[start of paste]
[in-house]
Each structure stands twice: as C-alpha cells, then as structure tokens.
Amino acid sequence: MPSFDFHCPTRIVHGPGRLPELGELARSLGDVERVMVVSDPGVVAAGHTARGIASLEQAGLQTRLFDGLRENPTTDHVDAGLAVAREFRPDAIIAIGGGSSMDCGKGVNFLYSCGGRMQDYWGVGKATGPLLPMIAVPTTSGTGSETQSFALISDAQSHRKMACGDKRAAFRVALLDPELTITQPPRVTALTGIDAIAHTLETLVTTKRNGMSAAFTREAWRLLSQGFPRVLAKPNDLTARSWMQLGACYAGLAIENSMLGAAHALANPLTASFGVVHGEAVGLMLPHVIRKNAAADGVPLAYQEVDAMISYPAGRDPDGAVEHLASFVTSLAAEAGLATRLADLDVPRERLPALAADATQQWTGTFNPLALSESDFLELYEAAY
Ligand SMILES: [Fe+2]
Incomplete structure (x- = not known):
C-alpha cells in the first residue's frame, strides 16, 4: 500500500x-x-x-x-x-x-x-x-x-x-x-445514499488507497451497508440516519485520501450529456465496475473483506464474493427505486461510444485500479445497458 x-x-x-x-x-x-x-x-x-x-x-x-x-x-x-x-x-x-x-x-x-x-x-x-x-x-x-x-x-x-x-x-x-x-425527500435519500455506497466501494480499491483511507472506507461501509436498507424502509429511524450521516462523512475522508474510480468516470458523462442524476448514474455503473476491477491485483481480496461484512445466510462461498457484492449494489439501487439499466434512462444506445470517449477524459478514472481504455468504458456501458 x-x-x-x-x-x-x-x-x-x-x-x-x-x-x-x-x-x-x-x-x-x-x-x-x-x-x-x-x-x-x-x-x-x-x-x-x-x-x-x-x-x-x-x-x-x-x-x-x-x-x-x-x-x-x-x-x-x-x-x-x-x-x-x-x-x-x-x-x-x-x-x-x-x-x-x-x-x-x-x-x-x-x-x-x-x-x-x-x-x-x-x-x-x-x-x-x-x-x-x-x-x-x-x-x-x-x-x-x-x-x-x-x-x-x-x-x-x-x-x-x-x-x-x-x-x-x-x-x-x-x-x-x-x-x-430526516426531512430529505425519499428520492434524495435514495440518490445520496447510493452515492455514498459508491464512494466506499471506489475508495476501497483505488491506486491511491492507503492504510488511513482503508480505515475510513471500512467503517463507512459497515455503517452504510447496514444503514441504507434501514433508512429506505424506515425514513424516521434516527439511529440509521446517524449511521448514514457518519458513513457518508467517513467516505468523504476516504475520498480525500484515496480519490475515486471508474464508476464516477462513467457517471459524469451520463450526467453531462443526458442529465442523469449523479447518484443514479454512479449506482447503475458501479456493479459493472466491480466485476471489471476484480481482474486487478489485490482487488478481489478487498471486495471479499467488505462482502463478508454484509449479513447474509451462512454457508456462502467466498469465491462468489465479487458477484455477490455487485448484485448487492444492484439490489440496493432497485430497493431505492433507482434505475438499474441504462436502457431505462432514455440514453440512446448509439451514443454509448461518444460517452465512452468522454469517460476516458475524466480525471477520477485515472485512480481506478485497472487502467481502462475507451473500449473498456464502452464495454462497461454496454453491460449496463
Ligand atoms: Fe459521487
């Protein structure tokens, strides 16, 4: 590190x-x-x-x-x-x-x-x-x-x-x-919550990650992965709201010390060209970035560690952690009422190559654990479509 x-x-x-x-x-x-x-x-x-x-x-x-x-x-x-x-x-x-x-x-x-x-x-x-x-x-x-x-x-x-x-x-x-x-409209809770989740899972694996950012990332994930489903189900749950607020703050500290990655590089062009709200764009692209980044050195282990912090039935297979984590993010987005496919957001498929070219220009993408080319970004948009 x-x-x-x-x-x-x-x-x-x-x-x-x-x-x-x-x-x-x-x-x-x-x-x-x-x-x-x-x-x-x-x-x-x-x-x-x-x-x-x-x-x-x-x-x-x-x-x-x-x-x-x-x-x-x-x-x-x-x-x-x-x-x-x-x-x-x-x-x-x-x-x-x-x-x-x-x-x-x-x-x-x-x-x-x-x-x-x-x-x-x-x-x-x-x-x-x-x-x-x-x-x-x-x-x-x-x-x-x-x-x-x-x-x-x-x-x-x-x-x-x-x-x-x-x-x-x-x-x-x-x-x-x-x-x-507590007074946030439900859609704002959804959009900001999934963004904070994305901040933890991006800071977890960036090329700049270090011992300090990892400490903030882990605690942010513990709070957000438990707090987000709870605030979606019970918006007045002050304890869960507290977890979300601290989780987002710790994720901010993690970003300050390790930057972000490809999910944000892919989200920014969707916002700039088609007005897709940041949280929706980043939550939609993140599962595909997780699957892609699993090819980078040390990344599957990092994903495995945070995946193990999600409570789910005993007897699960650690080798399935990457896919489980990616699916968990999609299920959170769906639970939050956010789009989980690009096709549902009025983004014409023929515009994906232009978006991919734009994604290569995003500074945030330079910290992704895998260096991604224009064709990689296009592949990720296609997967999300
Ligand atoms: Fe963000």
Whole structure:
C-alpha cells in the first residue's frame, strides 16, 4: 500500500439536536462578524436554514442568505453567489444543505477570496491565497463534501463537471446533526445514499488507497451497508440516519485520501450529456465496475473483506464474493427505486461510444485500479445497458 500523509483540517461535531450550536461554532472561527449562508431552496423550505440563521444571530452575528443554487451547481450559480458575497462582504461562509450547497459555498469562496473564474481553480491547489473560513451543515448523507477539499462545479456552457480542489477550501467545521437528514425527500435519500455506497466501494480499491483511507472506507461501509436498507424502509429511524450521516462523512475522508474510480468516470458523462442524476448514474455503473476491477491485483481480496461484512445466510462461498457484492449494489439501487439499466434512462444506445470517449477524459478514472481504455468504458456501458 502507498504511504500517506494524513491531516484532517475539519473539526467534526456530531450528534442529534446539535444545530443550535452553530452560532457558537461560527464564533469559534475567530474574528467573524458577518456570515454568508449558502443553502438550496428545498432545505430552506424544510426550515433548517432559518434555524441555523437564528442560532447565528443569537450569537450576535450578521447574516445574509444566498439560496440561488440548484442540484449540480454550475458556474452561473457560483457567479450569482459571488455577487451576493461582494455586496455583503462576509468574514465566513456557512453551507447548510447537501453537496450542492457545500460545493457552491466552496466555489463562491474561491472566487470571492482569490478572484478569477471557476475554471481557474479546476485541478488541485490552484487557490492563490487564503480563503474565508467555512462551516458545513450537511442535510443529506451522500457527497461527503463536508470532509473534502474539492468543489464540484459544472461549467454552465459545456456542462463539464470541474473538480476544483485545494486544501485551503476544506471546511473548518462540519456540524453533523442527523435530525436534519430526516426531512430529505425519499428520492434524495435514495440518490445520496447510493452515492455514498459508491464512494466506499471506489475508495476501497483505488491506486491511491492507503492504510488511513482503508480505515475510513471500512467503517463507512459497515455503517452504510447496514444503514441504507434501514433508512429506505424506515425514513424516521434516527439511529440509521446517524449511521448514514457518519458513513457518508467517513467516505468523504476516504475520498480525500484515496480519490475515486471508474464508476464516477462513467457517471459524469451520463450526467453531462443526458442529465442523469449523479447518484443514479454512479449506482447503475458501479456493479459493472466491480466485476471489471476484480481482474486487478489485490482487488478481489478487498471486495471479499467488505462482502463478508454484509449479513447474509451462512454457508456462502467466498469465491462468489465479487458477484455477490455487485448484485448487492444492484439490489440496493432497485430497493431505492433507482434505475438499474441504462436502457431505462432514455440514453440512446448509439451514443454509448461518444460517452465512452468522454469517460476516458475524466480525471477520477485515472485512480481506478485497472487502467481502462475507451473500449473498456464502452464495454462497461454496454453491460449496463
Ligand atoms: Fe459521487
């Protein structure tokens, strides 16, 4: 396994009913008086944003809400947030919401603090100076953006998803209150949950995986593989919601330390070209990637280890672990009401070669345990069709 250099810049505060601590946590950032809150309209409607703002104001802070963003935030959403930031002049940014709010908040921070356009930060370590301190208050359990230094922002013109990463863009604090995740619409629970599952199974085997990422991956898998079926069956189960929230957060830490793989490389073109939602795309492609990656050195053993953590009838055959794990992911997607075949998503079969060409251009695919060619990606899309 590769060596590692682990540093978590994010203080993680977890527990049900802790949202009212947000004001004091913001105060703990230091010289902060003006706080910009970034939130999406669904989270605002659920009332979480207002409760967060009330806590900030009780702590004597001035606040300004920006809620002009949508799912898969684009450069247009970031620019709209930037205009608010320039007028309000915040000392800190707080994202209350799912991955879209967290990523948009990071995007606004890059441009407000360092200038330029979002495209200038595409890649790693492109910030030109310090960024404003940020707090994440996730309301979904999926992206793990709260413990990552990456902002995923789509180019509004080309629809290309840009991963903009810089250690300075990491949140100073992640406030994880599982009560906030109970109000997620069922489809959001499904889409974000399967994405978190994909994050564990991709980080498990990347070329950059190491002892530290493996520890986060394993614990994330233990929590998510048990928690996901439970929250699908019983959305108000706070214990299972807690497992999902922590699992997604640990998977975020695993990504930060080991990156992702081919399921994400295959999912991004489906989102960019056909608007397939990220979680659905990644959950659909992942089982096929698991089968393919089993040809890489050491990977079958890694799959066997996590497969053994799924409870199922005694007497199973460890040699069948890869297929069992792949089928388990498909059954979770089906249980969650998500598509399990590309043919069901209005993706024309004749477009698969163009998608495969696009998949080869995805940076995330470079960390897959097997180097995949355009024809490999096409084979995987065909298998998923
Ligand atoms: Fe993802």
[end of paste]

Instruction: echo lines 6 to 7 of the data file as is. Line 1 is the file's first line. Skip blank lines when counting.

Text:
C-alpha cells in the first residue's frame, strides 16, 4: 500500500x-x-x-x-x-x-x-x-x-x-x-445514499488507497451497508440516519485520501450529456465496475473483506464474493427505486461510444485500479445497458 x-x-x-x-x-x-x-x-x-x-x-x-x-x-x-x-x-x-x-x-x-x-x-x-x-x-x-x-x-x-x-x-x-x-425527500435519500455506497466501494480499491483511507472506507461501509436498507424502509429511524450521516462523512475522508474510480468516470458523462442524476448514474455503473476491477491485483481480496461484512445466510462461498457484492449494489439501487439499466434512462444506445470517449477524459478514472481504455468504458456501458 x-x-x-x-x-x-x-x-x-x-x-x-x-x-x-x-x-x-x-x-x-x-x-x-x-x-x-x-x-x-x-x-x-x-x-x-x-x-x-x-x-x-x-x-x-x-x-x-x-x-x-x-x-x-x-x-x-x-x-x-x-x-x-x-x-x-x-x-x-x-x-x-x-x-x-x-x-x-x-x-x-x-x-x-x-x-x-x-x-x-x-x-x-x-x-x-x-x-x-x-x-x-x-x-x-x-x-x-x-x-x-x-x-x-x-x-x-x-x-x-x-x-x-x-x-x-x-x-x-x-x-x-x-x-x-430526516426531512430529505425519499428520492434524495435514495440518490445520496447510493452515492455514498459508491464512494466506499471506489475508495476501497483505488491506486491511491492507503492504510488511513482503508480505515475510513471500512467503517463507512459497515455503517452504510447496514444503514441504507434501514433508512429506505424506515425514513424516521434516527439511529440509521446517524449511521448514514457518519458513513457518508467517513467516505468523504476516504475520498480525500484515496480519490475515486471508474464508476464516477462513467457517471459524469451520463450526467453531462443526458442529465442523469449523479447518484443514479454512479449506482447503475458501479456493479459493472466491480466485476471489471476484480481482474486487478489485490482487488478481489478487498471486495471479499467488505462482502463478508454484509449479513447474509451462512454457508456462502467466498469465491462468489465479487458477484455477490455487485448484485448487492444492484439490489440496493432497485430497493431505492433507482434505475438499474441504462436502457431505462432514455440514453440512446448509439451514443454509448461518444460517452465512452468522454469517460476516458475524466480525471477520477485515472485512480481506478485497472487502467481502462475507451473500449473498456464502452464495454462497461454496454453491460449496463
Ligand atoms: Fe459521487